Fastbrain was a prototype game that I created for a client out of UC Davis. The client was looking to create a game that relied on some of their research to help treat individuals with certain cognitive disorders. We worked together to design mechanics that were faithful to the treatments they had already developed, but were still fun and engaging. Eventually, that client and I translated the mechanics from this prototype into virtual reality, and created the foundation for Cognivive.
One of the more fun challenges I faced in creating Fastbrain was designing the game’s calibration feature. In order for the therapeutic aspect to be effective, the game needed to understand how much of a player’s vision an object would take up. The so-called “angular size” of an object is a function of its physical size and its distance from the viewer. Since Fastbrain was designed to be played on a screen of any size, by a player sitting an unknown distance away from it, we needed a clever way to determine those data points. The solution came from the field of anthropometrics. A typical human’s arm length is closely related to the size of their hands and their fingers. For the average person, if they hold up their thumb at full arm’s length, their thumb subtends about 2 degrees of visual angle. Using this fact, we designed a brief calibration scene where we asked the player to make that thumbs up gesture and resize a game object until it was just hidden by their thumb. From there, we were able to determine exactly what the “angular size” of every object in the game was.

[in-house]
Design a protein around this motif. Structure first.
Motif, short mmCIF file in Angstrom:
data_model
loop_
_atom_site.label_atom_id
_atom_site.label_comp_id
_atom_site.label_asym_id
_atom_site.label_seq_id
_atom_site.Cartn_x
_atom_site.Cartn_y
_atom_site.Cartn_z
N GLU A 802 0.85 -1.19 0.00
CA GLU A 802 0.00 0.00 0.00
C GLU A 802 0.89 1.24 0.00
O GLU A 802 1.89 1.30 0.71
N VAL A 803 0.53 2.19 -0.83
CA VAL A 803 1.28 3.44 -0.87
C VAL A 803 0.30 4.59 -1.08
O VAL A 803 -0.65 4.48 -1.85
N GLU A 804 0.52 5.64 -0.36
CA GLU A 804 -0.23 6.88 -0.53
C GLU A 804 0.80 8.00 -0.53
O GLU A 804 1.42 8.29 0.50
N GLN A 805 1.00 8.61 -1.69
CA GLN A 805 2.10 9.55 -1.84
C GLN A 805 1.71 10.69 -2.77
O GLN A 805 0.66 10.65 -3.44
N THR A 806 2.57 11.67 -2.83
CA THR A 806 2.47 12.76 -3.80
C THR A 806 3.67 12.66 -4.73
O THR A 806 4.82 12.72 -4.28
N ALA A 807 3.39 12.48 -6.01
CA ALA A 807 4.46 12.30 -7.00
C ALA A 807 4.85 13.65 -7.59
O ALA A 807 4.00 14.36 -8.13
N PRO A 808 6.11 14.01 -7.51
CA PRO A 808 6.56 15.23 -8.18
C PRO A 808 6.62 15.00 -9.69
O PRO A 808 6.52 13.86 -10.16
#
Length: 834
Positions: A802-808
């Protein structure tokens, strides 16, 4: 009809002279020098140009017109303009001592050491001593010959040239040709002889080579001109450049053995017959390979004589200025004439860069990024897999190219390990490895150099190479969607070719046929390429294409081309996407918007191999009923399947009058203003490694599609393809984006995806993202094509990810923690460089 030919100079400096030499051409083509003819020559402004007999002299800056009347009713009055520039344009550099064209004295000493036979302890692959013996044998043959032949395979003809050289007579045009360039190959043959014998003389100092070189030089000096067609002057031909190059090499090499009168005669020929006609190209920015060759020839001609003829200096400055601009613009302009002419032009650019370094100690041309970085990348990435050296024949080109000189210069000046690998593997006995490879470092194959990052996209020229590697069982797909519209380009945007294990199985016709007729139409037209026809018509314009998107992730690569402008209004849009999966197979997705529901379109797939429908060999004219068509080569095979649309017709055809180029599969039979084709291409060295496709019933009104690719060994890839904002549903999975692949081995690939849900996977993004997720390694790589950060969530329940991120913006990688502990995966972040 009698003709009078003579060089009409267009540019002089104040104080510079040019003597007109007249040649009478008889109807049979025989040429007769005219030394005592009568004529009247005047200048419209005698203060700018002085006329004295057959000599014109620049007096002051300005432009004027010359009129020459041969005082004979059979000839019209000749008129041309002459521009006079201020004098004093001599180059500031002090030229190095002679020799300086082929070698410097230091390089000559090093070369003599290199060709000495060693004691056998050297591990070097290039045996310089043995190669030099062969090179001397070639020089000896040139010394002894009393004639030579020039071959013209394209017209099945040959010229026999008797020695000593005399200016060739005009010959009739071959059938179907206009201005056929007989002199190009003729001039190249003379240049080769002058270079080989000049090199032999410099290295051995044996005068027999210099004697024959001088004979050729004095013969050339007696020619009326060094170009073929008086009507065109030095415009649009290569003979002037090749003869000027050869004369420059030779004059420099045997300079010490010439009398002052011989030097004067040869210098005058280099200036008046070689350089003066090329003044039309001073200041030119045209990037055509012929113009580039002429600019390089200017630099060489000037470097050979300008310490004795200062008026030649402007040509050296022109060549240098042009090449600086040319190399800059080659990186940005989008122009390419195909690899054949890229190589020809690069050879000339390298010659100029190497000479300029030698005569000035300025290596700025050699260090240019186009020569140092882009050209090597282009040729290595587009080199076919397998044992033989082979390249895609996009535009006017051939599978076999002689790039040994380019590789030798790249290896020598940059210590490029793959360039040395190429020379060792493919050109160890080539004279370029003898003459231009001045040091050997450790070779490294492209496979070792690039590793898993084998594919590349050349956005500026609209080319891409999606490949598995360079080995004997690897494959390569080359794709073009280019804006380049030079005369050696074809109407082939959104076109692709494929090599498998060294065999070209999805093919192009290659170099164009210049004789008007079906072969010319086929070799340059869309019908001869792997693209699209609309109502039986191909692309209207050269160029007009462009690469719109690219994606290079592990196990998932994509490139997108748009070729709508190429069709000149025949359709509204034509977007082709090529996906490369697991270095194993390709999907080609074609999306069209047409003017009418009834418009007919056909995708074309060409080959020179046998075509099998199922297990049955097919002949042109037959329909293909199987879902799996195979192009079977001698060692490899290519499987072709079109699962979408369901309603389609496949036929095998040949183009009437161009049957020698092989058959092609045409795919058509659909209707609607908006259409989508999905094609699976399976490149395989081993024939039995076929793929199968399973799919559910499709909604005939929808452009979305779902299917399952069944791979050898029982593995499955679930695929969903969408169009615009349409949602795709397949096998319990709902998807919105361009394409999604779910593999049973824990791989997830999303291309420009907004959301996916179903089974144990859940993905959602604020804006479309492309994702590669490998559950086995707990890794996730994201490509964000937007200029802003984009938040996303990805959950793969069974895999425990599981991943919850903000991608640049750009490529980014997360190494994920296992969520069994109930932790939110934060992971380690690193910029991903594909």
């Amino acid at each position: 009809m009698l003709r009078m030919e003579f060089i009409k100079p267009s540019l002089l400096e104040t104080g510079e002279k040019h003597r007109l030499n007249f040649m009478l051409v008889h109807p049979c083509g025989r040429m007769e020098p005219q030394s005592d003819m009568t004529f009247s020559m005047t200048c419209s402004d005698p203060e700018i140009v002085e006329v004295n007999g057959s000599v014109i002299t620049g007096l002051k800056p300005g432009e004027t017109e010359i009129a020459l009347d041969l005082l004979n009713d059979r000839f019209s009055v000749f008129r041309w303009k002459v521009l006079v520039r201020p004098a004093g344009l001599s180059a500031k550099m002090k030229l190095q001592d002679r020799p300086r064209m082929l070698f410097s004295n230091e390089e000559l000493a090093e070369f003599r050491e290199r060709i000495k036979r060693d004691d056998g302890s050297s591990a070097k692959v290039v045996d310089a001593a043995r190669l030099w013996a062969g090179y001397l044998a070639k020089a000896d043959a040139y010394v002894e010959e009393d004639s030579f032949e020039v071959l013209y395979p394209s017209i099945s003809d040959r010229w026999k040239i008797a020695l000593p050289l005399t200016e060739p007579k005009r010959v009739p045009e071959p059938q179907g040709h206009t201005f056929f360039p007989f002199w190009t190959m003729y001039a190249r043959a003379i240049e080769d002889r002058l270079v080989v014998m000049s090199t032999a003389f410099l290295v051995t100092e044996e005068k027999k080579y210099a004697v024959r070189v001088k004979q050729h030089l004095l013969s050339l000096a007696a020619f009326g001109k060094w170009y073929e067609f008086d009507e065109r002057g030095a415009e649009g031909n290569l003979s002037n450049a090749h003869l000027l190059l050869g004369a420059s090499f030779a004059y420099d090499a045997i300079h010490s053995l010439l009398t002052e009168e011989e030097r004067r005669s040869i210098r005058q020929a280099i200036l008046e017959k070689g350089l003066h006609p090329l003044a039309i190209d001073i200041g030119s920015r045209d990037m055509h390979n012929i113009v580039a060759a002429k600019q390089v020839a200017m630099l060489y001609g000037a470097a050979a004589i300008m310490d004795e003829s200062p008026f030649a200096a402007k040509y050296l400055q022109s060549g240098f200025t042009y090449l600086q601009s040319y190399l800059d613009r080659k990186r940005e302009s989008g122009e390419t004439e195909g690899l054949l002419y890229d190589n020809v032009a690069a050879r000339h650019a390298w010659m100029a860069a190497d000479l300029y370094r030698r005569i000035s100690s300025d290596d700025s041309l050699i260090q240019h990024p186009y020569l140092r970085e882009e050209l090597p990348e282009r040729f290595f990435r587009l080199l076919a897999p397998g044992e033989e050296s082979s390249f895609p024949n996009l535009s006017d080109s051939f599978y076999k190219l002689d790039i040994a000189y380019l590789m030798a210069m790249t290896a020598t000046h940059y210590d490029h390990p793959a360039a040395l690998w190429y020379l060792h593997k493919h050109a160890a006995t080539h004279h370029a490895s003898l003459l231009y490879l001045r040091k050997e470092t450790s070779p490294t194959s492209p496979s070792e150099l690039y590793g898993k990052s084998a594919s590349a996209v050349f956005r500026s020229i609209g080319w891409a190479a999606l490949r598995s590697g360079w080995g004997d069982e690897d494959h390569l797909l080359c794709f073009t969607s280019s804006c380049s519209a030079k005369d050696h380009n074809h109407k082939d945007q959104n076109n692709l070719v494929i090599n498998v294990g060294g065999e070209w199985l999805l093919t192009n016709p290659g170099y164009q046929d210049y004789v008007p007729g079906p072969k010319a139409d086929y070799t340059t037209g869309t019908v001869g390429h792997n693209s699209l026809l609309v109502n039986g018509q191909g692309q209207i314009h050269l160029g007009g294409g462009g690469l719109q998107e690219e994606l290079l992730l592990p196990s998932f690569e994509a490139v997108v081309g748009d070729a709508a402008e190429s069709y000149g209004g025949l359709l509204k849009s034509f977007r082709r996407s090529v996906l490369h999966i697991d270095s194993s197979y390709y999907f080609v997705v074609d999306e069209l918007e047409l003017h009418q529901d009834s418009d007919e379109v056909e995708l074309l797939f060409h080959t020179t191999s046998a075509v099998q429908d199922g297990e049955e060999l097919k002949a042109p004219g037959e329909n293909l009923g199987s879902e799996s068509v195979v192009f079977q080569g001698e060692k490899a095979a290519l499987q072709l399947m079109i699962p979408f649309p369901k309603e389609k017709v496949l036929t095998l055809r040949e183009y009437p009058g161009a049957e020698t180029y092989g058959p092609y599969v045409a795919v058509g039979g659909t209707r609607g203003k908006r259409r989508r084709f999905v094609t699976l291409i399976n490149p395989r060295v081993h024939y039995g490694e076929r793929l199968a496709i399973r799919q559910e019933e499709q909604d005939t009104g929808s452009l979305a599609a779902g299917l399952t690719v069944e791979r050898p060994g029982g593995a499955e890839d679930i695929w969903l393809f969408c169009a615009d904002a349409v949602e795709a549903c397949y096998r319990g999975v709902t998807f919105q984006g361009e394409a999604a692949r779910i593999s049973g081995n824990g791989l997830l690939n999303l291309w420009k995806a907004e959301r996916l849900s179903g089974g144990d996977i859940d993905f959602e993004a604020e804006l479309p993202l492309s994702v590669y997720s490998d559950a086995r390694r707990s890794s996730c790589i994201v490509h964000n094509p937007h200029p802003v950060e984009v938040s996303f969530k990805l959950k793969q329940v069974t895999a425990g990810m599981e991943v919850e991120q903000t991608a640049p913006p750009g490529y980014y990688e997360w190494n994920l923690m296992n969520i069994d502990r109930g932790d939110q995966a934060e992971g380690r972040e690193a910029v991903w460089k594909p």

Terra was a browser-based game I worked on with Funomena. It was designed in collaboration with educational researchers from UC Davis, with the goal of encouraging young adults to exercise more. The game followed a young interstellar explorer who was tasked with finding and establishing a colony on a remote planet where humanity might re-home. Players could progress faster in the game by exercising with a FitBit tracker and uploading their steps every day.
I really enjoyed this project, especially the beautiful art and world-building done by artist Glenn Hernandez. I still like the concept of an exercise companion game, too. I would love the chance to revisit the idea some day.
I contributed significantly to the design of the control scheme for Vicarious Surgical’s Vera surgical robot. As part of my design tools, I developed a simulation of the Vera robot in Unity. This simulation allowed me to experiment with new control ideas without risking expensive hardware or engineering time. I wrote a bit more about the process on my UX portfolio site.
I created this video as a promotion for Cognivive, a digital therapeutics startup I cofounded in 2017. This was shot in Unity and features an early prototype of one of our products. The video was created with Cinemachine and AVPro tools, and was shot in one take. I was able to nail the one-take using the Timeline feature in Unity. First, I added the final audio to the timeline, and using that I created a Cinemachine sequence to achieve the framing and camera motion I wanted. Then, I annotated the timeline with audio markers to give me timing queues as I acted out the scene. As the timeline played back, I knew when I needed to teleport or interact with an object as the virtual camera captured my movement. Once the video was recorded, I simply replaced the video audio with the original audio I had added to the timeline.
Another video I made to help promote Cognivive, the digital therapeutics company I started in 2017. This was an explainer video I made to help educate potential customers in the sporting world on how we could benefit their athletes. The entire video was shot and scripted in Unity, using assets from the store and Mixamo. I really loved making this one. The process felt like one big kit-bash, and I really enjoyed adding a lot of little details and characterizations.